Because we switched the order of things, I didn't get to properly beat up on The Fighter, a movie that aside from three things—Mark Wahlberg, Amy Ryan, and those amazing sisters, with their gloriously fried perm-heads and acid-wash jeans—I could barely tolerate. I won't detail my problems here, except to say that, with the exception of the performances I've just mentioned, why is there so much damn acting in this movie? Melissa Leo is big, all right. She's big all over the place. It's the sort of thing that doesn't just beg to be noticed: It knocks on your door, kicks it down because you didn't respond fast enough, comes in and steals your TV, your laptop, and your toaster, whacks you upside the head with a two-by-four, and finishes by shouting, "Gimme an Oscah, ya fuckin' retahd!" Now that's acting.
Look, I know that sometimes a big, flashy performance is just what you want and need. And Leo sure has done the heavy lifting; she's definitely playing a recognizable type. But if a believable type is what you're after, why not just get (the great) Tracey Ullman? I tend to prefer the kind of acting you can't see, identify, and dissect so readily—you know, the kind that's totally impossible to write about. That's why Michelle Williams, in Blue Valentine, left my jaw hanging open. I can't tell you what Williams is doing, because I can't see what she's doing—all I see is a woman who's always been reflective (though not passive), a foil to her husband's roaring flame, and it appears to be killing her. You always hurt the ones you love? I'll say.
And now there's no time left! A few things I loved in 2010: The way I Love You Phillip Morris so convincingly turned a prison cell into a honeymoon suite (complete with Johnny Mathis records). Vanessa Redgrave, searching for her long-lost love (and look! It turns out to be her real-life husband, Franco Nero!) in the perfectly pleasing, and heartfelt, Letters to Juliet. The chilling, funny, exhilarating-as-hell murder sequence set to Blue Oyster Cult's "Burnin' for You" in Matt Reeves' glorious Let Me In—as you pointed out, Matt, remakes can also be reinventions. (And I'm pretty psyched to forget about those snoozy Swedish things, already. Bring on Rooney Mara!) The character design of Gru in Despicable Me—Alfred Molina reimagined by Charles Addams, sexy in a despicable way. (Also, in that same movie, Steve Carell's killer phrasing of the throwaway line "I hate that guy." Inexplicably funny—but then, most things that can be explained aren't funny.)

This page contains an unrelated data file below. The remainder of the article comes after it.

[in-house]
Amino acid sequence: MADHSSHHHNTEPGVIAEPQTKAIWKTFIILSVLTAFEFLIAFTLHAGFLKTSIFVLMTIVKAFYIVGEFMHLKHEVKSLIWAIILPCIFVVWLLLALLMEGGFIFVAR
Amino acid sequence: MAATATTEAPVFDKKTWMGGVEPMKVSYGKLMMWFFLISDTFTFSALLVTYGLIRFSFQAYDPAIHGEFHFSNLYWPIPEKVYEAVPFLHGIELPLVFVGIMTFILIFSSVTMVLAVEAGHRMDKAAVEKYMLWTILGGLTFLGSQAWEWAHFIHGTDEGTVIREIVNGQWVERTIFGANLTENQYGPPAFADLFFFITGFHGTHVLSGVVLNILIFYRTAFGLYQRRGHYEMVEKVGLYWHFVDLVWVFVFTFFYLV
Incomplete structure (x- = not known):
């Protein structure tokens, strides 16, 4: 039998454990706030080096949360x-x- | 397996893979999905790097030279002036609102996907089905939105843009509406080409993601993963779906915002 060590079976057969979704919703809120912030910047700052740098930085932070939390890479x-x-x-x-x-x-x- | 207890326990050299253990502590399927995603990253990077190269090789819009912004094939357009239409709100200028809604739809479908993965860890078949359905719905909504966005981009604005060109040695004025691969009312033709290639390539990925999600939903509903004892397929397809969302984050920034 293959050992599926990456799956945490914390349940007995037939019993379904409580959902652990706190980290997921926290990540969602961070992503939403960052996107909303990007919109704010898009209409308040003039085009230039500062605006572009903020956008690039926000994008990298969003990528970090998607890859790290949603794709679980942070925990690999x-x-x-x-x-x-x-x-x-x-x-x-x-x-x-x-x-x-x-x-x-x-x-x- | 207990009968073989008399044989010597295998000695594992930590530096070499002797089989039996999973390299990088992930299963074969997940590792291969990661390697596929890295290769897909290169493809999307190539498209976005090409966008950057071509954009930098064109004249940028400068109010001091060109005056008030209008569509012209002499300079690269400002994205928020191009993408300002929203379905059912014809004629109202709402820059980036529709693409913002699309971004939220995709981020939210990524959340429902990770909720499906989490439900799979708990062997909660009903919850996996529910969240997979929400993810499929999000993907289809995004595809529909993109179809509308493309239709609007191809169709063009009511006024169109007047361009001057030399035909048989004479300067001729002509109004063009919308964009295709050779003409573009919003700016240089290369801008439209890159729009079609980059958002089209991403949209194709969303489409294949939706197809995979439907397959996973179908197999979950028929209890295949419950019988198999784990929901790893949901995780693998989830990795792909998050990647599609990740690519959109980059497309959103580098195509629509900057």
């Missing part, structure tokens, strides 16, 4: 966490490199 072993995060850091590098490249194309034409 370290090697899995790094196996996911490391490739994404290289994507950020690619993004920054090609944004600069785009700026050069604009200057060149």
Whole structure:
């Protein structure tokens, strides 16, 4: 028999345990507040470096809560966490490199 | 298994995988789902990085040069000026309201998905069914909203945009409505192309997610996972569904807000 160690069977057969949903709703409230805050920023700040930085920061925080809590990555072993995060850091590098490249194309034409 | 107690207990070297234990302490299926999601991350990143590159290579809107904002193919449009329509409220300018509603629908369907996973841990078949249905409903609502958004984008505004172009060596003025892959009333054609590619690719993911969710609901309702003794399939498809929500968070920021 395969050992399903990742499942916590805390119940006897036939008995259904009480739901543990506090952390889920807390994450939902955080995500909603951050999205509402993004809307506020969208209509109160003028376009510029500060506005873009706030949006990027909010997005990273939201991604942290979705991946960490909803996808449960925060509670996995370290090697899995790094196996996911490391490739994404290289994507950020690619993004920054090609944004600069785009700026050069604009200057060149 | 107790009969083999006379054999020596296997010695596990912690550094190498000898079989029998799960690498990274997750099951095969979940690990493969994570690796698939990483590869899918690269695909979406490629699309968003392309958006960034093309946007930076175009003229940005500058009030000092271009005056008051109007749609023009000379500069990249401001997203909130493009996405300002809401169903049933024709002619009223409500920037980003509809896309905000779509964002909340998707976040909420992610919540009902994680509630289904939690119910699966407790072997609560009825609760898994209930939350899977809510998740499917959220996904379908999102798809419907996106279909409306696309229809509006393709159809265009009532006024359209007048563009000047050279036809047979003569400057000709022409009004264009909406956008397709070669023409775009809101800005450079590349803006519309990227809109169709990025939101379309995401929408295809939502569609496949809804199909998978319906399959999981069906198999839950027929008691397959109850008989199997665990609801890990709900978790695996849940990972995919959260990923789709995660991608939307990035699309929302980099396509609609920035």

Then there's James Newton Howard's score for The Tourist: Lush, sophisticated and, for once, not phoned in, as Howard, Zimmer, and so many of the other go-to biggies are often guilty of. In I Am Love (a movie I Am in Love with), the vision of Tilda Swinton going about her daily errands in a loose, sand-toned coat slung around her shoulders that looks like it cost two-hundred-gajillion dollars, not because it did, but because she's inside it. Johnny Knoxville turning himself into a trompe-l'oeil bull target in Jackass 3D. (Ouch. Not everyone has a cock. But we all have a coccyx.) And the scene that gets to me more than anything I've seen all year: Elle Fanning's coltish, assured-yet-tentative ice dance (to Gwen Stefani's "Cool") in Somewhere, and the way Stephen Dorff's character is at first indifferent to it, until he realizes this is possibly the last time he'll see her as a girl—grown-up life is waiting for her on the other side of one of those leaps. I already know what it's like to be a daughter. In that moment, Coppola and Dorff showed me what it's like to be a father.
These past five days have been pure pleasure for me! Love to you all—